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Monday, March 14, 2016

.alt.dx/px/tx: What about "Mind-Body Medicine"?

Well, yeah. As a life outlook generalization, if you don't believe you can achieve "x," you likely won't even try. But, what of the broad implications for health and for recovery from injury or disease? To what extent (if any) is "mind over matter" a valid and useful concept in health and health care? To what extent is anything labeled "alt." -- anything not easily reducible to an ICD-10 code for efficient conventional inclusion into an EHR -- dismissible as "quackery" or simple ignorant wishful-thinking fallacy naivete? These questions became more than epistemological abstractions for me roughly 20 years ago with my late daughter's cancer dx and
...our experience thus far with the quackery end of the alternative therapy spectrum, a distribution of propositions whose opposite terminus abuts the breadth of mainstream clinical research and practice, where methods as yet"unproven" but more logically reasonable and promising vie for acceptance by the medical establishment. In the middle lie tougher calls: does shark cartilage really shrink tumors, functioning as an angiogenesis inhibitor? (one skeptical journal article called it "the laetrile of the 90's") Hydrazine sulfate? (also reported on extensively in the mainstream clinical literature and generally-- though not uniformly-- dismissed as 'ineffective.') Nucleotide Reductase? Plant oils? Blue-green algae?

All of these unconventional therapeutic assertions-- many of which would prove to be merely unproductive, outlandish, maddening distractions-- would have to be checked out while also slogging through the vast archives of mainstream clinical literature, a quest that would take me through the most recent three years of month-by-month National Cancer Institute (NCI) hepatoma citations. Also, I began ... keyword-searching the Medline indices for anything related to Sissy's condition that might prove useful...
"alt.medicine" stuff spans the gamut from every imaginable bozo goop concoction tx to "healing and the mind." Again, from my One in Three essay:
Healing and the mind
Recall Bill Moyers' PBS series and popular book of the same name. Spanning both the alternative and mainstream spectra are the somewhat overlapping domains of "immunotherapy" and "psychoneuroimmunology." Proponents of these approaches to therapy theorize that malignancies-- in addition to the more mundane panoply of human ailments-- can take hold only in the presence of a compromised immune system. One must strengthen the immune system for long-term healing to take place. Conventional medical treatment, it is argued (and not without substantial merit) focuses far too often on combating symptoms rather than curing root causes, and chief among the root causes of disease are the dietary, psychic, and other lifestyle imbalances so widespread in our culture.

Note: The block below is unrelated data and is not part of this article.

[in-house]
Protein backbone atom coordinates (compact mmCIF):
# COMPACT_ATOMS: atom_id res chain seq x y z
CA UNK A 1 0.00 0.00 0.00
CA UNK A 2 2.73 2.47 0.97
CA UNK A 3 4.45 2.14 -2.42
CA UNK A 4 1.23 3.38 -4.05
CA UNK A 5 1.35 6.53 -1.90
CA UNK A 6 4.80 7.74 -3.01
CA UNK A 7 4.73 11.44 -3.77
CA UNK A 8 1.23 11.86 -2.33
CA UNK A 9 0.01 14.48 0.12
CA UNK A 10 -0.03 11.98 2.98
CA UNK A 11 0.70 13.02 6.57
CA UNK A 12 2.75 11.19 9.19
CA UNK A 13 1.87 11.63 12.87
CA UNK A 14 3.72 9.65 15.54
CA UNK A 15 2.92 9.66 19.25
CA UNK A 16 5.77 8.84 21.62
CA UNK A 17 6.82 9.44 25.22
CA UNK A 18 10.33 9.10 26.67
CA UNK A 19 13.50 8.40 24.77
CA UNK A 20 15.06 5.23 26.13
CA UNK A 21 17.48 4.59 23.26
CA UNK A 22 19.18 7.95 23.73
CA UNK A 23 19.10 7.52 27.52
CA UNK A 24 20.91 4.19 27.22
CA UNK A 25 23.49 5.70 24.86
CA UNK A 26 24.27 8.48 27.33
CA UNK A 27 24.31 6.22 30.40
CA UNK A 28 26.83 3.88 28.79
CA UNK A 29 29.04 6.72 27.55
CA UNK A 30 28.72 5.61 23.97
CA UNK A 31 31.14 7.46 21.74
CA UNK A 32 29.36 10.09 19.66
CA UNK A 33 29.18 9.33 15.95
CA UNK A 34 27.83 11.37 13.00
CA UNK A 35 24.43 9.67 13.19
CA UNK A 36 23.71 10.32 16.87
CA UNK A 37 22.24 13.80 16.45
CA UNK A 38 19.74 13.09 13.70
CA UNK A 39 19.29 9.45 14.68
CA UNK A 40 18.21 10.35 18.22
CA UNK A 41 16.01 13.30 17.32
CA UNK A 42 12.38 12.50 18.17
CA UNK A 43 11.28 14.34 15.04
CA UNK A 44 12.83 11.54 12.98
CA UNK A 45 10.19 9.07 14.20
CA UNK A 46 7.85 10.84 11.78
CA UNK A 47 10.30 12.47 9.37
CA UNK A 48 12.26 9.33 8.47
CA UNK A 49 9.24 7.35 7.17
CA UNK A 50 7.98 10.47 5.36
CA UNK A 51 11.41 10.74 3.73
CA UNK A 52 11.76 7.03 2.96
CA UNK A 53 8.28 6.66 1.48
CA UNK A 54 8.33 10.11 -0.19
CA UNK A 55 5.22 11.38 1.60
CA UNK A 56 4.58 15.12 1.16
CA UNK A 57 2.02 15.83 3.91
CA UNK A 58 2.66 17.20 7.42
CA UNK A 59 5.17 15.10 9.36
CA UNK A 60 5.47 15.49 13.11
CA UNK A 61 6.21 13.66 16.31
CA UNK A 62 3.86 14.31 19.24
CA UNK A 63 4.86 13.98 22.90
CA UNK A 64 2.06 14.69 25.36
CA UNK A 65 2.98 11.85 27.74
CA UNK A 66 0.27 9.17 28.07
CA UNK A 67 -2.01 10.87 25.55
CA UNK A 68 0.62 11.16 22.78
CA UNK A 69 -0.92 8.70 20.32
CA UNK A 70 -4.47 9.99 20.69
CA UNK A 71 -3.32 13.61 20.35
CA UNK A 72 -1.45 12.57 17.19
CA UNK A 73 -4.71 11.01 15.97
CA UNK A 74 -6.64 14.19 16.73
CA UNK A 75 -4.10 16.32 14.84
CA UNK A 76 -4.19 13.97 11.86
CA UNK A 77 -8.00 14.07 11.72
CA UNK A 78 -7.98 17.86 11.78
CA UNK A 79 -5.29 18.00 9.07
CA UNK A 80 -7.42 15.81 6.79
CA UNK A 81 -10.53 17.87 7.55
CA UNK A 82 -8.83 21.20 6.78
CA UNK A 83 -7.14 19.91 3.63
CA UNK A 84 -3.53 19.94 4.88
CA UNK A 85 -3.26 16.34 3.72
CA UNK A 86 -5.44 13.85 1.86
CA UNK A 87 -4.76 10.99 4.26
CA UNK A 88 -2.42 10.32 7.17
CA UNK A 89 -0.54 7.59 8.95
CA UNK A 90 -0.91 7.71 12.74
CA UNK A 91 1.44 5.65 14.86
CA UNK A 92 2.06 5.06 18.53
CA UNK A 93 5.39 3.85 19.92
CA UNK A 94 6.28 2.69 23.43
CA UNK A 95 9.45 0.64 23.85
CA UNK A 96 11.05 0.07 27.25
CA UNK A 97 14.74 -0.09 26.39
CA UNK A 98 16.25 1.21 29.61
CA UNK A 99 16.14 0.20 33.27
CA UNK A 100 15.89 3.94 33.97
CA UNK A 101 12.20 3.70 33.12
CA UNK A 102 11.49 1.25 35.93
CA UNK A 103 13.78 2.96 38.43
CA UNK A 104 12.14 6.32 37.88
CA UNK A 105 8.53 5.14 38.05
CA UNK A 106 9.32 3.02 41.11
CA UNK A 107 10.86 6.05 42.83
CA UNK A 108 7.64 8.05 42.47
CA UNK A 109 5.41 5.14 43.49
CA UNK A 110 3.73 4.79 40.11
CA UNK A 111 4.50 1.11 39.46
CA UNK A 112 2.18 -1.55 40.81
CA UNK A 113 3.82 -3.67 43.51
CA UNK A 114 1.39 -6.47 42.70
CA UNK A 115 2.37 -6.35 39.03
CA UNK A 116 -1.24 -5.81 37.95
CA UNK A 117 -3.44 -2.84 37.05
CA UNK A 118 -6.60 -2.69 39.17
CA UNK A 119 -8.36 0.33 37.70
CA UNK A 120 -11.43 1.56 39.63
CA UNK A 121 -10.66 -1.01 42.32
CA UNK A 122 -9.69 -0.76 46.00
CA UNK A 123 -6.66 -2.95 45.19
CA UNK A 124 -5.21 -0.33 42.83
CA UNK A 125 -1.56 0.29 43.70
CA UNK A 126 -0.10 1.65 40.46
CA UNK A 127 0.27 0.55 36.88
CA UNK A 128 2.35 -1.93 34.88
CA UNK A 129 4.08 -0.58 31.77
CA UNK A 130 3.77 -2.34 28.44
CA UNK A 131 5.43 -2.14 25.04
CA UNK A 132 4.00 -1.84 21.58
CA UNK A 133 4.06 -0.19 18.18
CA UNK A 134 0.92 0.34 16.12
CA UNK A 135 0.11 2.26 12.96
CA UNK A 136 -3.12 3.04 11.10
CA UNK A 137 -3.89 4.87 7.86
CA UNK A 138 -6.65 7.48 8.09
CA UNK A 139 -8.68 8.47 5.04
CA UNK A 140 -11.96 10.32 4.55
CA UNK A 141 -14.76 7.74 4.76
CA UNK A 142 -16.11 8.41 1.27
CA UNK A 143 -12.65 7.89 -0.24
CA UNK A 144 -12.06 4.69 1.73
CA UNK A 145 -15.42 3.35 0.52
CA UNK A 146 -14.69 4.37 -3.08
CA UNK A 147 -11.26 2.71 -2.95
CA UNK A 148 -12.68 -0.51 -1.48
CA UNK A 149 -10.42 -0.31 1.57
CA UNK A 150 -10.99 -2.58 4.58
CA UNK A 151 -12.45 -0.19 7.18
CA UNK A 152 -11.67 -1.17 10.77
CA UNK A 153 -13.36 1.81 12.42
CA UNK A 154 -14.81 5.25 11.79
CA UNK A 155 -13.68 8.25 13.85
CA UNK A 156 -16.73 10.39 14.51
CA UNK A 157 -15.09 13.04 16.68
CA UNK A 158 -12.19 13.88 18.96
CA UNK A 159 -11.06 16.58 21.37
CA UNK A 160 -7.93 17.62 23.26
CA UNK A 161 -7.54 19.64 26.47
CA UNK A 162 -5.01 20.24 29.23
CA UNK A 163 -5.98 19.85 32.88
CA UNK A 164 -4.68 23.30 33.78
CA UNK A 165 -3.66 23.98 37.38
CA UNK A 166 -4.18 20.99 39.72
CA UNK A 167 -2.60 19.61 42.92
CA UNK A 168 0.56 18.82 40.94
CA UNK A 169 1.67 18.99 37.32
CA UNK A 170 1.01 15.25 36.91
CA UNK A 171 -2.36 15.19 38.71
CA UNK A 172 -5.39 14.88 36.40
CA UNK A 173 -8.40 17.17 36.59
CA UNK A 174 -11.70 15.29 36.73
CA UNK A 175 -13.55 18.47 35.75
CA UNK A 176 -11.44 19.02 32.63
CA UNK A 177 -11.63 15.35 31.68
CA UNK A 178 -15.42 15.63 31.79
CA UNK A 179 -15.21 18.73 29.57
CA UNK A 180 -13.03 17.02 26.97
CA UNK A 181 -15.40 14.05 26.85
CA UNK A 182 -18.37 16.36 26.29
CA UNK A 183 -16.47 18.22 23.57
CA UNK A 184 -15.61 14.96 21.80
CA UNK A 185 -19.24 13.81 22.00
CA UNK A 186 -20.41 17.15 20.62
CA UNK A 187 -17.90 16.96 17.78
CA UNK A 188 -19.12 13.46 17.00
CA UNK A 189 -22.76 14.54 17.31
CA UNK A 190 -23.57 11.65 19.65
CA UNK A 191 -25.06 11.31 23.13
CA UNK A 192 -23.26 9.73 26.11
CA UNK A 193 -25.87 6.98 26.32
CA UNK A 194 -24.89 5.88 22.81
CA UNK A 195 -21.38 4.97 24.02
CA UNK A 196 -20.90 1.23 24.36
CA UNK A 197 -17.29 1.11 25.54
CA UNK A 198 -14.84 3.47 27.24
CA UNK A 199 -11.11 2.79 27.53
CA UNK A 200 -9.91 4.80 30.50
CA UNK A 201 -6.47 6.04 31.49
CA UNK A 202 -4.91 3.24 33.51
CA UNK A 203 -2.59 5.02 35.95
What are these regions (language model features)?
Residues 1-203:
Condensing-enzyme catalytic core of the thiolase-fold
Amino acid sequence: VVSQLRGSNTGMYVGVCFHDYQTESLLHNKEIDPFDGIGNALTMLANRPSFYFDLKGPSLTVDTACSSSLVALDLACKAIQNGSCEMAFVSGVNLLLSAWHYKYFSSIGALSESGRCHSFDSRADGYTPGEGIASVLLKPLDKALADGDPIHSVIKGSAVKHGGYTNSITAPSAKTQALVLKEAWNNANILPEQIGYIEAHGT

Investigations here take one through the myriad contending "healing" dietary regimens that crowd the book chain shelves. Acupuncture and medicinal herbs also employed in the effort to restore immunological balance. Dr. Andrew Weil's recent best-seller Spontaneous Healing covers these areas in quite some detail, as does Jean Carper's more recent Miracle Cures. In the Adam Smith-redux "powers of mind" camp along with Moyers' work, the likewise best-selling publications of Drs. Bernie Seigel and Deepak Chopra are surely familiar to those who frequent Barnes & Noble, Borders, or their bookstore brethren. And, renowned writer Norman Cousins recently reported on his work in psychoneuroimmunology research at UCLA in Head First: The Biology of Hope and the Healing Power of the Human Spirit. Dr. Cousins and his UCLA colleagues undertook to put the previously disparate and frequently anecdotal evidence of psychological factors in healing to the test of rigorous scientific scrutiny, concluding that physiological effects indeed do frequently arise from psychological causes, for better or worse, and that research should continue in earnest in the area of psychoneuroimmunology.

All of these works and many more, some by now dog-eared, awash with highlighter residue and freighted with sticky-notes, line my bookshelves aside the ever-accruing mounds of NCI, Medline, and countless other internet cancer information downloads I cyber-mine for nearly every day...
I enthusiastically cut my methodological teeth in the mid/late 1980's in a forensic-level radioanalytical lab in Oak Ridge, and have subsequently long been an irascible hardass for the scientific method and critical thinking. Nonetheless, I came away from Sissy's illness and death not knowing in many ways what to believe anymore.

A chronic, low-grade background epistemic ambivalence that lingers to this day.

Is western reductive science the only way of knowing? (We call that "scientism.") I am reminded of something I wrote in my 2009 post on another of my blogs, "The U.S. health care policy morass."
Several years prior to being diagnosed with fatal liver cancer, my daughter also had encounters with non-western medical diagnostic assessments, one of which might well have saved her life (and this father's now permanently broken heart) had she not blown it off. As I wrote in my "1 in 3" essay, ruminating on this aspect of "alternative medicine":
It was, after all, a Santa Monica Chinese practitioner of acupuncture and herbal medicine, one Dr. Yi Pan, who first called Sissy's attention to a problem with her liver several years prior to her HCC diagnosis. She'd been referred to him by a girlfriend for attention to a menstrual problem. Dr. Pan had a diagnostic acumen requiring no x-rays, CT scans, or blood tests. Yet, the internet medical fraud site dismisses traditional Chinese medicine as "ineffective," as do many other critics of alternative practices.
Tragically, Sissy summarily discounted his prescient admonition. I can only speculate wistfully on the implications of our having known three years earlier.